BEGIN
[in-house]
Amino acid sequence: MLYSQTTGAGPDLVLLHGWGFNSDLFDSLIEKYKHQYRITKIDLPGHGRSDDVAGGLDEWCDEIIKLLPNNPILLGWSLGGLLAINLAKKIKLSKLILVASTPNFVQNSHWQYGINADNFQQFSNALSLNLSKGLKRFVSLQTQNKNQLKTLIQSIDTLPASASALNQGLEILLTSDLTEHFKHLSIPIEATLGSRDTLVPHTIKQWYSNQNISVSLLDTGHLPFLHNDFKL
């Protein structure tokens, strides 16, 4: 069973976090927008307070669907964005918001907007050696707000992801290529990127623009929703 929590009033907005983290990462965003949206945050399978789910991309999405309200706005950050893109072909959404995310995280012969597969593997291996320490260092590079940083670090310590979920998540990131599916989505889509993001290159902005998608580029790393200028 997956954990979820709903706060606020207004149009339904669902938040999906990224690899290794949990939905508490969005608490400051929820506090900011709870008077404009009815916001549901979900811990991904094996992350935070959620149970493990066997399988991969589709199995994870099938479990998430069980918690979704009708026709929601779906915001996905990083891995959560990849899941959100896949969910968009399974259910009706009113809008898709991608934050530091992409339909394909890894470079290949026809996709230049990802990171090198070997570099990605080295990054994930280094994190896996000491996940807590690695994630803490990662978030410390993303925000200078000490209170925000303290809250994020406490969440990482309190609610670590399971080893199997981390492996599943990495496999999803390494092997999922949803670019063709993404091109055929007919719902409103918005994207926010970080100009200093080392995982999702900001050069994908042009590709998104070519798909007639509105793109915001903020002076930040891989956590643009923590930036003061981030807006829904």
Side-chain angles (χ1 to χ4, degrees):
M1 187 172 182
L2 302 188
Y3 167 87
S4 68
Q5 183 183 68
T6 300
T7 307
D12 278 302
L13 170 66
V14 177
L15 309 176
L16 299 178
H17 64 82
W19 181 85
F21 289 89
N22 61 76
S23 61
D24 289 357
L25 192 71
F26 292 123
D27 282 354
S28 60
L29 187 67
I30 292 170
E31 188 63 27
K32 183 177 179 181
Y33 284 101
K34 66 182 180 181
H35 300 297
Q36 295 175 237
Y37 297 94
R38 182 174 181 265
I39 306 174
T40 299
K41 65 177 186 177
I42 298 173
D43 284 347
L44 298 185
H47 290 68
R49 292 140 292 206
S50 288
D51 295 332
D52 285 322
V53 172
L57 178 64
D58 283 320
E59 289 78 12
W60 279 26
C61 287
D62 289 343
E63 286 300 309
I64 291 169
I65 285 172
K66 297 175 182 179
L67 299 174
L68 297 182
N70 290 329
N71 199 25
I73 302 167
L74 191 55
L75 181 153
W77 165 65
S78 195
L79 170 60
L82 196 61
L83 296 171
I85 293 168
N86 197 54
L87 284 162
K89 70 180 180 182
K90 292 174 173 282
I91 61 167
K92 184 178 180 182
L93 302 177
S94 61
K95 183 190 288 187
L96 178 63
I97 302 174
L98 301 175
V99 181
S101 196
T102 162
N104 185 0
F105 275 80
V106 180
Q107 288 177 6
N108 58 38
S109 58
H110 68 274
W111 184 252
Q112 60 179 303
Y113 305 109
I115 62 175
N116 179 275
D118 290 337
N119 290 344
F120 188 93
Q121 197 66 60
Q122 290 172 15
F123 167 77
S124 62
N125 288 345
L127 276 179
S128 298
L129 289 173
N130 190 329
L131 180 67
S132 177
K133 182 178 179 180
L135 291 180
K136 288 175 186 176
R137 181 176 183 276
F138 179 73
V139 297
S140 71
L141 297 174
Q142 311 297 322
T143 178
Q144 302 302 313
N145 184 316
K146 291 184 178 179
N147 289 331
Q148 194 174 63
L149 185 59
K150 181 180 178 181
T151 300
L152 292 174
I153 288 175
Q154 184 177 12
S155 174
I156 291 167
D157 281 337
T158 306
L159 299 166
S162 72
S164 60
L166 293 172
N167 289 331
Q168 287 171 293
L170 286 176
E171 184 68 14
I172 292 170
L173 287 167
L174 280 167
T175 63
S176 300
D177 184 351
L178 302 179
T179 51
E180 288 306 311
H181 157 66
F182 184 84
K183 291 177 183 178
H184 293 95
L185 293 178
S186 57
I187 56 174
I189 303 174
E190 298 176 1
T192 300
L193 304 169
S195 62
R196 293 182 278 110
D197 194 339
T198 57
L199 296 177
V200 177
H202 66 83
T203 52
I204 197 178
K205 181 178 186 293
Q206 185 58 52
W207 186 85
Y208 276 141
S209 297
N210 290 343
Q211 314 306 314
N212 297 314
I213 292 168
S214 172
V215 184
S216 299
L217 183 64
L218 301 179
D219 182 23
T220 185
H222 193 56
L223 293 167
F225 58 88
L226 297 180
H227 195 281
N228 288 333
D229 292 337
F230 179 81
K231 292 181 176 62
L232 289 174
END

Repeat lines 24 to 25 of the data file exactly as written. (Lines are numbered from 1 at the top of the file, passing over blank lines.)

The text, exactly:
F26 292 123
D27 282 354